Dallek, Robert. Flawed Giant: Lyndon Johnson and His Times, 1961-1973. New York: Oxford University Press, 1998.
Dallek proposes that the best explanation for both the remarkable successes and devastating defeats of the LBJ presidency lie in his personality. He believed he was and strove to be the greatest President ever. At the same time, he suffered a constant crisis of confidence that led him to paranoia and indecision.
How did he get so much done? p.236
1. The Johnson treatment - unparalleled relationship with a Congress that was, until 1966 midterm, incredibly favorable. 2/3 of both houses is a rarity
2. The legacy of Kennedy's death
3. The "national receptivity to righting historic wrongs and using federal power to improve people's lives." p.236
"Johnson had at least one indisputable triumph in domestic affairs for which he deserves credit. He played a large part in bringing the South into the mainstream of the country's economic and political life." p.625
"One observer of the mourners...overheard one black woman say to her little girl: 'People don't know it, but he did more for us than anybody, and President, ever did.'" p.623
Civil Rights Act 1964, Voting Rights Act of 1965
Medicare for the elderly
Medicaid for the impoverished
War on Poverty
Education - teachers, high school, college
Urban development - response to urban riots
Dallek portrays LBJ as constantly searching and hoping for an avenue to negotiate with Hanoi, a sign that part of him knew he had not quite grasped a winning strategy for Vietnam. By 1966, he felt he had to see the episode through though he knew his previous estimate of reaching an end to the conflict by 1967 would not come to pass.
Given America's aerial supremacy, LBJ long believed that bombing North Vietnam would tip the tide. But it didn't.
Dallek also frequently notes public opinion polls that show the American public generally agreed with LBJ's assessment of how the war should be fought, up until Tet.
The mounting American death toll led LBJ to personalize the war, drawing the conclusion that he had better not lose the war (not that he had better end the war).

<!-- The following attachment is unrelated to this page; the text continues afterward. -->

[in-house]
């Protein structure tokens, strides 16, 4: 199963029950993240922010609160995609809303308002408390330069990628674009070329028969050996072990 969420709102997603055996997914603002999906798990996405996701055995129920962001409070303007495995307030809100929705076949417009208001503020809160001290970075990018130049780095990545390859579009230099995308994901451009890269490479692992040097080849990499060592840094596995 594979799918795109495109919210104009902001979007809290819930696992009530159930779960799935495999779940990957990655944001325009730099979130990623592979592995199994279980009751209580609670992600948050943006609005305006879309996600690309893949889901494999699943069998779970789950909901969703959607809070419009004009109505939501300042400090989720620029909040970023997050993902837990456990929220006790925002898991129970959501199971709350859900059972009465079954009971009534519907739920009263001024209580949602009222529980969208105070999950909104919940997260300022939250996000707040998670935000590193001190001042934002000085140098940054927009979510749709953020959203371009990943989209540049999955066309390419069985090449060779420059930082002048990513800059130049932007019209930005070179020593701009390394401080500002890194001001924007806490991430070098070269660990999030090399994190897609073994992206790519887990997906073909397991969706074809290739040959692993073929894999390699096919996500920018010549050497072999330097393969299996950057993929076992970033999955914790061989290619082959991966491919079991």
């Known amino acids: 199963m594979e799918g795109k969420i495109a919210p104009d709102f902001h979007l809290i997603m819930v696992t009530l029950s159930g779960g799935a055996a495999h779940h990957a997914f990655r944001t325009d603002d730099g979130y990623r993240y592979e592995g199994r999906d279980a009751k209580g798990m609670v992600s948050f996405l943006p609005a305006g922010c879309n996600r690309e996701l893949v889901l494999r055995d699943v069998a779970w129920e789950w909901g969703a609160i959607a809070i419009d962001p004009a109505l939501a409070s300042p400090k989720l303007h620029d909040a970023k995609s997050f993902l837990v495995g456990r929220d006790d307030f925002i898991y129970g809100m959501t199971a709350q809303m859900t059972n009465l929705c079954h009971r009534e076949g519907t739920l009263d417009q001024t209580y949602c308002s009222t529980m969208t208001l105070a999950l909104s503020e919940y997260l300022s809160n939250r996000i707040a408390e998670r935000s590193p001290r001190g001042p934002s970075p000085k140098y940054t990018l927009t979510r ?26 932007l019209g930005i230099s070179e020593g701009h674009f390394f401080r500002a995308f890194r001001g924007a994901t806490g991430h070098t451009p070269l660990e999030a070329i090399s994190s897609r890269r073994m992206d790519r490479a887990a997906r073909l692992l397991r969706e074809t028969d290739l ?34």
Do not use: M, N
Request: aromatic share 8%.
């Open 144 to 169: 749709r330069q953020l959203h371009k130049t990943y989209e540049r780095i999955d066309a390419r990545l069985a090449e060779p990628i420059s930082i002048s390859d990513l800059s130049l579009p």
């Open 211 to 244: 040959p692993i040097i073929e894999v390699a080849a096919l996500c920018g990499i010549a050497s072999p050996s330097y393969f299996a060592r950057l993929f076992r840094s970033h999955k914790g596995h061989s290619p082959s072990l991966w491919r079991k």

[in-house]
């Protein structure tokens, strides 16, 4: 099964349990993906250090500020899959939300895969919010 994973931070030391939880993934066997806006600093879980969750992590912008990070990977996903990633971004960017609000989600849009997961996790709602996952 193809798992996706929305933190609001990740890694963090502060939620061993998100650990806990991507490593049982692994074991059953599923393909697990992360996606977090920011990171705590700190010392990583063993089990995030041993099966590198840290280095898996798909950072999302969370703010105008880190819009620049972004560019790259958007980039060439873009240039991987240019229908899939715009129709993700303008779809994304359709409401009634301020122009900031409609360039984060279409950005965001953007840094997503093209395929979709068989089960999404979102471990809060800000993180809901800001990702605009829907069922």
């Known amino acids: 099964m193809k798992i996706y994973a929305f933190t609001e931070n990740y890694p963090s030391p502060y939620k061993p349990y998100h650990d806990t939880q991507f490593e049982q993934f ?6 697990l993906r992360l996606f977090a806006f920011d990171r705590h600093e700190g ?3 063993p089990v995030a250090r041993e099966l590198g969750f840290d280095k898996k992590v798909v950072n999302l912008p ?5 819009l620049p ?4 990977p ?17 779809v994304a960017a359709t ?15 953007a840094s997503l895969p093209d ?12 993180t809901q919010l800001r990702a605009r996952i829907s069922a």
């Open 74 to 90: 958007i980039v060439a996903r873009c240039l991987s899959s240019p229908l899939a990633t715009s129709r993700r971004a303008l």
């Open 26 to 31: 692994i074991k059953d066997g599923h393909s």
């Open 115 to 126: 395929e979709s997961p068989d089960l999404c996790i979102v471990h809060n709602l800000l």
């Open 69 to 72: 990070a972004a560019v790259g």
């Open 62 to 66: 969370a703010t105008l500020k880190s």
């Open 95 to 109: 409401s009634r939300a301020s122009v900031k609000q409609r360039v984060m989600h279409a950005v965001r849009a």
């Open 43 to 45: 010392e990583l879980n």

While Halberstam blames the Vietnam quagmire largely on the flow of information created by a willful desire by those close to the action to deceive those in Washington into continuing a hopeless situation, Dallek presents Vietnam as a problem caused by LBJ's personality and political maneuverings. Following the Gulf of Tonkein incident, LBJ wanted to hide the growing scope of Vietnam as long as possible to thus avoid diminishing the momentum of the Great Society. By the time the public and Congress began to pay closer attention to Vietnam in 1966, it was too late to reverse course (at least in LBJ's mind and the mind of most of his advisors). Once it became apparent to other experts that Vietnam had reached a stalemate, LBJ still refused to seek a way out. For example, he saw McNamara's proposal to declare victory and leave as a personal betrayal, and banished McNamara to the World Bank.
Connection to Broad Political Themes
The irony of LBJ is that he tried more than any President to create programs for the benefit of just about every American, conceivably bringing them all into the Democratic camp. Yet his Presidency marks the end of the New Deal coalition.
Gil Troy - JAH
Both the Great Society and Vietnam were rooted in LBJ's emotional emptiness, which fed his grandiosity. "Fearing rejection, Johnson minimized the commitment to achieve both goals." Ultimately, then, he never felt he fully achieved his Great Society goals.